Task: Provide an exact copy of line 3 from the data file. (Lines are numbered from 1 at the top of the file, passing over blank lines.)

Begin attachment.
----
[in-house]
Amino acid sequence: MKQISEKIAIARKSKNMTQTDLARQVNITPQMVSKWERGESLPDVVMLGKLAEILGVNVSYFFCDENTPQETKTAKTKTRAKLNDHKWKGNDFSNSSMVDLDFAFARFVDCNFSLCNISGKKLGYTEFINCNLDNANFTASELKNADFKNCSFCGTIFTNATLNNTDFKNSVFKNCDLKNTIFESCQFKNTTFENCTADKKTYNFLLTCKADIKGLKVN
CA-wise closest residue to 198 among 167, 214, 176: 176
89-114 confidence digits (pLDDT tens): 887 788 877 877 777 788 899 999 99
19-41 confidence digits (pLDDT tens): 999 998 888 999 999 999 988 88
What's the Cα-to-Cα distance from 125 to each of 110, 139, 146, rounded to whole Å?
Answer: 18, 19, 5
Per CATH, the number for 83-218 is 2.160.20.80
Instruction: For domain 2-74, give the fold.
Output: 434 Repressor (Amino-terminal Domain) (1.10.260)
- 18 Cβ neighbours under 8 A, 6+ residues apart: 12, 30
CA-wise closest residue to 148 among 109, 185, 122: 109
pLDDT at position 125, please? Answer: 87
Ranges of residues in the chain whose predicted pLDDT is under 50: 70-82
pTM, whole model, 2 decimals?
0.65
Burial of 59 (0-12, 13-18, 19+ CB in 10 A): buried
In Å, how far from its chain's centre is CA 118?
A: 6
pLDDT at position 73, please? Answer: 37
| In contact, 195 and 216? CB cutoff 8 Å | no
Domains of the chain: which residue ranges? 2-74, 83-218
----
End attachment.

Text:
CA-wise closest residue to 198 among 167, 214, 176: 176